Laidback Luke Brings His Brazen Techno Alter Ego, Dark Chanell, to Club Space

Some know him as Laidback Luke, but at Club Space, he is Dark Chanell.
Some know him as Laidback Luke, but at Club Space, he is Dark Chanell.
Photo by Ashley van Scheppingen
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Where in the proverbial rule book does it say one must produce only minimal techno, Muzak, or Norwegian black metal? It makes little sense why a producer would confine himself to the same genre for over two decades. Such a framework often leads to gauzy production value and yawns from the listener.

These are stigmas the DJ/producer Dark Chanell (AKA Luke van Scheppingen) hopes to break at Club Space on Friday, May 14, as he brings his new techno alias to the Magic City.

While the names Dark Chanell or van Scheppingen may not ring any bells, his first name is obvious in the electronic music industry. Under the EDM/house moniker Laidback Luke, van Scheppingen has been a favorite worldwide and a regular at Ultra Music Festival and South Beach megaclubs LIV and Story.

But van Scheppingen didn’t earn his keep during the EDM rush.

His origins date back to 1995 — a time when all ravers had were vinyl records and bucket hats. Before Dark Chanell or even Laidback Luke, van Scheppingen was a standalone techno project, Boom!

"That was a rogue alias of mine," van Scheppingen tells New Times. "I think I put out two vinyls back in 1997 or 1998. I've never used it ever again. It was a boom, and then it ended."

With the world slowly returning to normalcy, the time for van Scheppingen to return to his roots felt real, and he launched his techno alias Dark Chanell three months ago.

"It has been on my mind for quite a while. I remember at the beginning of my career and why I quit playing techno at a certain point was it was a bit limiting to me," he recalls. "I wasn't able to put vocals in there or certain chord progression because then it wouldn't be techno. It broke my creativity."

The 44-year-old father and kung fu athlete views Dark Chanell as a conduit to dive deeper and keep Laidback Luke at equilibrium.

"I caught this urge to play these techno sets," he explains. "From those sets, it began to be like, 'Maybe I need to make some techno tracks again.' It's been good. It's really nice to go back and forth to this alias. It's almost a dark side of me that I can tap into."

Of course, this approach of electronic bipartisanship may earn a few snubs from techno textualists and PLUR stalwarts. But the ability to play and appreciate two opposing sounds is a testament to van Scheppingen's dexterity and appreciation for all things music.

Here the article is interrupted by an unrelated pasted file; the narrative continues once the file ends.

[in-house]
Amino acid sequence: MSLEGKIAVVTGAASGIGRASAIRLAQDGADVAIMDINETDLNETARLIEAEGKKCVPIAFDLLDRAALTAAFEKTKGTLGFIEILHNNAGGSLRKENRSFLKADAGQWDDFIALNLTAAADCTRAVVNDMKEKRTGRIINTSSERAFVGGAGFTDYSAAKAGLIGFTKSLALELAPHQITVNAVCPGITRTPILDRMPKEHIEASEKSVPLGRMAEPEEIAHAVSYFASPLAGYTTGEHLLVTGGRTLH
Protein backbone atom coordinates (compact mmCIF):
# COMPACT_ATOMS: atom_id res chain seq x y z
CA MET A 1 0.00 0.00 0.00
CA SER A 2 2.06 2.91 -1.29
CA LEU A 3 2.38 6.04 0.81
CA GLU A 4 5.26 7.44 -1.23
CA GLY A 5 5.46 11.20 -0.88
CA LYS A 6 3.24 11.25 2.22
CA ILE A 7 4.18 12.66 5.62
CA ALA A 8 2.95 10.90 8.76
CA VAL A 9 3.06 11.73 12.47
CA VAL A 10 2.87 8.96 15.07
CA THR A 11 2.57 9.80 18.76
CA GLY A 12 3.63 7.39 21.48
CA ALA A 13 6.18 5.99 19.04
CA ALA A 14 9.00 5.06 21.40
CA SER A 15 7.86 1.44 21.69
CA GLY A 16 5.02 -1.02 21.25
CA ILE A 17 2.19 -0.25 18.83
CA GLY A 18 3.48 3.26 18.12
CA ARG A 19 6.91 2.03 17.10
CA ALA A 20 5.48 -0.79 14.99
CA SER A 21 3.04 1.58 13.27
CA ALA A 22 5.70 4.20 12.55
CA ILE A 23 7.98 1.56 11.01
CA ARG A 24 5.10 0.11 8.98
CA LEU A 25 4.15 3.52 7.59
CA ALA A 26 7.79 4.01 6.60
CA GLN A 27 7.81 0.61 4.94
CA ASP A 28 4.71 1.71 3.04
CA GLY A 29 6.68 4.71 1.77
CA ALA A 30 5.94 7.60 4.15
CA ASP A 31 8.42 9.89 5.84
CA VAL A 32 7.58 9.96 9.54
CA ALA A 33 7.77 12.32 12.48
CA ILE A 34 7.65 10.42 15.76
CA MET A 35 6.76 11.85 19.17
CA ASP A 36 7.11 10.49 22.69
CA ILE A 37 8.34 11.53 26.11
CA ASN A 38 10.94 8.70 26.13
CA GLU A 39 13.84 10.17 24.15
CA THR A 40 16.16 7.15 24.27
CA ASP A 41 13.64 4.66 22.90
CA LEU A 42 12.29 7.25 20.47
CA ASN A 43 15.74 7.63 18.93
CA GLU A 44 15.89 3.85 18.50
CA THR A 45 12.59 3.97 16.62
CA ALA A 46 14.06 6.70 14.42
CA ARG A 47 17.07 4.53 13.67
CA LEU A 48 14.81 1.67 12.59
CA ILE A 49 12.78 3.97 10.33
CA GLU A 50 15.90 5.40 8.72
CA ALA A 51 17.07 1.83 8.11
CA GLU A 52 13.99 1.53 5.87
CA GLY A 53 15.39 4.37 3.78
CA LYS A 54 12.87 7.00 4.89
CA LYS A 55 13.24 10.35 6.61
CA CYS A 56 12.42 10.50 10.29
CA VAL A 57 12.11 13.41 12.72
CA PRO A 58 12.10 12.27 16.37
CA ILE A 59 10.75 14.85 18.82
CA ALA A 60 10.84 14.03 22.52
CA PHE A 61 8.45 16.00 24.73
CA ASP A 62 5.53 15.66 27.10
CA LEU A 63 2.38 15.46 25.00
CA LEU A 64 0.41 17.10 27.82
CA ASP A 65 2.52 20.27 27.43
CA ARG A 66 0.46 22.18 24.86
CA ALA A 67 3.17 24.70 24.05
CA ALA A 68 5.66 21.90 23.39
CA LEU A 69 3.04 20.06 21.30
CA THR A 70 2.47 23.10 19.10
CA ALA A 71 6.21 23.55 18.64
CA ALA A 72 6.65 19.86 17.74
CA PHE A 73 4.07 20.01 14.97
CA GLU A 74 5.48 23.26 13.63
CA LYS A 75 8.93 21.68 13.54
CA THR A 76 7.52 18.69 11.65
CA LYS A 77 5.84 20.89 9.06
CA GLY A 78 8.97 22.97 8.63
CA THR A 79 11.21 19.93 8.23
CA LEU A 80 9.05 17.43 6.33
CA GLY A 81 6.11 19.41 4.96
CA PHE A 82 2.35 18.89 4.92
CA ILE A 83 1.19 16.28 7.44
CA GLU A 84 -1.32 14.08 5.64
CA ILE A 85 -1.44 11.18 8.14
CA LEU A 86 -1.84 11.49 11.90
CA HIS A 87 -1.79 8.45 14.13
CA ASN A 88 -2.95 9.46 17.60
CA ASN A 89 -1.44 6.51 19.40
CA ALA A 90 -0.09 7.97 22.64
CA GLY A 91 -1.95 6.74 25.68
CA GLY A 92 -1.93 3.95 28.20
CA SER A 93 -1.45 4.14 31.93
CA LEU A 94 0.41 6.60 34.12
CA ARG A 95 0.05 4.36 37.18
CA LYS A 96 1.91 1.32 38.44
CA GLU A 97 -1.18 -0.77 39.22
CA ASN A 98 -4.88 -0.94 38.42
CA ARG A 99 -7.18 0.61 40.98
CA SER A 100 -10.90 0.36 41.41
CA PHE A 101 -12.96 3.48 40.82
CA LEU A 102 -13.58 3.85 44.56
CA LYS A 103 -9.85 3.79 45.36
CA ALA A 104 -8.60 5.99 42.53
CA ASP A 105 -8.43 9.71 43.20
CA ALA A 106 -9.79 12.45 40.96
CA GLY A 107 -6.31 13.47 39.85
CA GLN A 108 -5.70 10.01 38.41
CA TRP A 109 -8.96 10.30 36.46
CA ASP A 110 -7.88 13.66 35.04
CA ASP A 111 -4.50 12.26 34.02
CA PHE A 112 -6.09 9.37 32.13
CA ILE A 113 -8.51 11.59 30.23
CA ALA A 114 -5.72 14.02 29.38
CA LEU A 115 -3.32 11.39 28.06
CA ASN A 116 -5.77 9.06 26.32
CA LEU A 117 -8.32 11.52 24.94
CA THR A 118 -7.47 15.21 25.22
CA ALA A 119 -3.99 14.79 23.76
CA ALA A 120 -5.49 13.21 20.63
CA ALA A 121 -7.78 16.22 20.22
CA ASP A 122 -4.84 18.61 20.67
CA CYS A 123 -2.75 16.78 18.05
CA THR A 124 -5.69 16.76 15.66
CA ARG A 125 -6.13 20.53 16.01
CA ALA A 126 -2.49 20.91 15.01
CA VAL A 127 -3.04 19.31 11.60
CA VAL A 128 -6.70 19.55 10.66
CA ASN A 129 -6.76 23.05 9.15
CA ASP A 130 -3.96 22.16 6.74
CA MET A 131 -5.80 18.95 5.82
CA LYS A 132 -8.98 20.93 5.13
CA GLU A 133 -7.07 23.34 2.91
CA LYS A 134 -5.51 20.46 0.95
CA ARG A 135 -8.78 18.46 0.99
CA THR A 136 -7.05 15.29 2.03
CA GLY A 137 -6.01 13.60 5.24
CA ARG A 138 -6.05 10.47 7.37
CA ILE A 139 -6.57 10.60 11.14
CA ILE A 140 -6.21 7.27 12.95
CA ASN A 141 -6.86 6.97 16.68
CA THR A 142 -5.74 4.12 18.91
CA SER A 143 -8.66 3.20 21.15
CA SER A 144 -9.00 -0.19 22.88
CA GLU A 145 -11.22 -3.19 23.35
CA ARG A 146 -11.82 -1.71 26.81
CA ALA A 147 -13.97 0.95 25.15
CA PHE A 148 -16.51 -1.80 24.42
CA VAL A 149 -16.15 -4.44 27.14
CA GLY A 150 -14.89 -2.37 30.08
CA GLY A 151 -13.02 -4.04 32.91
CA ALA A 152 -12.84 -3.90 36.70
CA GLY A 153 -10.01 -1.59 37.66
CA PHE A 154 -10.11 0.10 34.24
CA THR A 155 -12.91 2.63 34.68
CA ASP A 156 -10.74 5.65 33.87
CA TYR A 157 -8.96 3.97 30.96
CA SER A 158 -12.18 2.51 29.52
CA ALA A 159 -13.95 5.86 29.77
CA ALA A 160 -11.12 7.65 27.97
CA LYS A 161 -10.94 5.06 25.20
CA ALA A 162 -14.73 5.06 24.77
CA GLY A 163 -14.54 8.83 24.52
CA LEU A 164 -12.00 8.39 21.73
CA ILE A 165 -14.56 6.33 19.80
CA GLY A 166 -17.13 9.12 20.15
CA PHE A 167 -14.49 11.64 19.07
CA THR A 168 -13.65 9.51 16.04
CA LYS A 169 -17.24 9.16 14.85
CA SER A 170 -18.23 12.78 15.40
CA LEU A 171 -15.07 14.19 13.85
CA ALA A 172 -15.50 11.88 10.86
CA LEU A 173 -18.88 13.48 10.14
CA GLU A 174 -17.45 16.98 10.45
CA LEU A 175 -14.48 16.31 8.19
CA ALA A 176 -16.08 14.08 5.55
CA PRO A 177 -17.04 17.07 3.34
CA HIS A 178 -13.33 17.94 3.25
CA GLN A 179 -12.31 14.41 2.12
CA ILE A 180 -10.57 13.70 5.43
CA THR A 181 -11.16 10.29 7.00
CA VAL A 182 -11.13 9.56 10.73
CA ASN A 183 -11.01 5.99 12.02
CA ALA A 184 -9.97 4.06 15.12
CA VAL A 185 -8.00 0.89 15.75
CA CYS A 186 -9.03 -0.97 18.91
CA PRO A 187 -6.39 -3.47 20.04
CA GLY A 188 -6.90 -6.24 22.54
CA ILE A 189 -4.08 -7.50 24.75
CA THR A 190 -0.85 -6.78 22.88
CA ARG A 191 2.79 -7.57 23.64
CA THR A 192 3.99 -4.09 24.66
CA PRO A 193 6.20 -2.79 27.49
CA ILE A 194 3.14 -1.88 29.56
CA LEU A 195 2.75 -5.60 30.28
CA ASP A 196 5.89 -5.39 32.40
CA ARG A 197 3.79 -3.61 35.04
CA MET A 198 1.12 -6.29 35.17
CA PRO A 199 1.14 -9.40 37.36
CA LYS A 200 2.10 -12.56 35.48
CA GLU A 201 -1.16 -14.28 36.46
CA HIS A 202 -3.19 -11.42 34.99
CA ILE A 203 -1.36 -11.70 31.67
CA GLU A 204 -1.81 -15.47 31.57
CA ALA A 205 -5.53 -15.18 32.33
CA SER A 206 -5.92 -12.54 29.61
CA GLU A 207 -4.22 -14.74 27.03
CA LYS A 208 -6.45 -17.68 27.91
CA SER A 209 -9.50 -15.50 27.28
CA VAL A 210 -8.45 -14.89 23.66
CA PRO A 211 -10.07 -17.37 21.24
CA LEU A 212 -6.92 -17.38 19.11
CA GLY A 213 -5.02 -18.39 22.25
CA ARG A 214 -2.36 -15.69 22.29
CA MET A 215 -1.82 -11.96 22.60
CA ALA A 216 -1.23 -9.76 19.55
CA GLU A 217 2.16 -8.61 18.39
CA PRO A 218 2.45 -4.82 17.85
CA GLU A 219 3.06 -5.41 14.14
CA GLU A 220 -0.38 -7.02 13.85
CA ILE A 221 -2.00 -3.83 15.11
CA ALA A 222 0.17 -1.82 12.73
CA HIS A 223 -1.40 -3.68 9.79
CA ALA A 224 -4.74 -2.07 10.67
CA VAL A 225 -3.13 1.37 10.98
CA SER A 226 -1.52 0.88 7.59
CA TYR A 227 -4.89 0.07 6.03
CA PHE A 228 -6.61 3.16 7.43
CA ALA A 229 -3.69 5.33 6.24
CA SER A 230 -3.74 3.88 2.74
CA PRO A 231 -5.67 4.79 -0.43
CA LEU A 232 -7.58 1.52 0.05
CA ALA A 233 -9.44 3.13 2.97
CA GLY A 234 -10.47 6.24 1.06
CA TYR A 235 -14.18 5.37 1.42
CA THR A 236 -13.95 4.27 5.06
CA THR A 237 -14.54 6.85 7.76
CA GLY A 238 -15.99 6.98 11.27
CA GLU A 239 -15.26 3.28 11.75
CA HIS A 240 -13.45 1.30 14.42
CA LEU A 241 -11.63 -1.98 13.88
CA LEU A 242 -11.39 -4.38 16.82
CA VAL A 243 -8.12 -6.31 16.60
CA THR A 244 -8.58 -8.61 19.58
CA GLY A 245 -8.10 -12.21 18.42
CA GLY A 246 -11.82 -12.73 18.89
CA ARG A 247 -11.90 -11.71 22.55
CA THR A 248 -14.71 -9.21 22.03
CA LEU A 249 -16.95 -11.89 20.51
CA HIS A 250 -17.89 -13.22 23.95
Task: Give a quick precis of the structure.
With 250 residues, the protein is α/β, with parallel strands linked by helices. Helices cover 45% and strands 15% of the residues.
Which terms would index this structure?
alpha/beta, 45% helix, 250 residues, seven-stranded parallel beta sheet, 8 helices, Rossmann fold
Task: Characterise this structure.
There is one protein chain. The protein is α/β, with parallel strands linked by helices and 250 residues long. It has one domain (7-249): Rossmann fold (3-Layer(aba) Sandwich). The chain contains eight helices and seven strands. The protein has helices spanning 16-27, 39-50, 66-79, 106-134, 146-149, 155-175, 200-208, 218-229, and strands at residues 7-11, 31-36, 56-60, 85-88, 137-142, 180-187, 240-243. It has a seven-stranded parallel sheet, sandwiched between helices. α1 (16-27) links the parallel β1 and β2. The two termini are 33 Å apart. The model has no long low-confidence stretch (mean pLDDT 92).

"As long as it clicks for me, I'm all about it," he says. "I do blame my mom, who is Filipina, for my cheesy side. Filipinos love ballads and singing along. My dad, who is fully Dutch, can be more abstract with music."

As a Club Space veteran, van Scheppingen sees the downtown venue as the perfect place to enmesh attendees in profoundly aggressive techno.

"I've played the terrace a few times, and I always loved playing deeper and darker over there," he says. "We figured the time was right to link it to my new alias. I'll take people back to the late '90s and show how we used to play in Europe back then."

Whether Dark Chanell or Laidback Luke, one tried-and-true method of playing is favored.

"I'm running a new setup which will make it perfect for four-channel music," van Scheppingen says.

Playing off four-channel doubles the chance of fatal error, but the high payoff allows the DJ more room to improvise and keeps the crowd guessing as to what comes next.

Van Scheppingen says back in the Boom! era, he mixed with three turntables. "Nowadays, it's much easier to play with multiple players," he notes.

Dark Chanell's debut album, No.1, on his aptly named label, Mixmash Records, is a four-track piece that's brutally nostalgic for warehouse raves. The album provides a coordinate point as to how Dark Chanell plans to play on Friday.

"Some of Dark Chanell's biggest influences are Surgeon, Jeff Mills, and the Advent — that whole era has stuck with me," van Scheppingen adds. "It comes from the high energy in the late '90s, and I want to bring it back and hold on to it."

The pandemic provided producers an opportunity to embark upon bold, new projects that may not have been made otherwise, but it was also an isolating time. On Laidback Luke's YouTube channel, van Scheppingen posted a 14-minute video in which he and his colleague, Kid Massive, discuss the perils of mental health in an industry that is vulnerable in the best of times.

"Just like everyone, it felt like being on top of the world to someone being without a job, instantly," van Scheppingen explains. “And that's something to cope with, but the reason I made this vlog was that I've been on a weekly Zoom call with some big DJs. We gather every week and talk about our mental health. It's been a revelation, but it's also been shocking how many of my fellow DJs cope and try to function."

It may take a while for the electronic-music community to acclimate post-COVID, but the best advice the 25-year veteran can impart is to keep our heads up and sincerely appreciate the present.

"These last ten years have flown by. I think we don't stand still in the here and now as often as we should. What's next? What's in the future? What's over there? I've done that my whole life, and now I'm ready to sit back and ask myself, Did I enjoy that? Maybe we can stretch that out, and that will help."

Dark Chanell. 11 p.m. Friday, May 14, at Club Space, 34 NE 11th St., Miami; 786-357-6456; clubspace.com. Tickets cost $84.41 to $809.39 via eventbrite.com.

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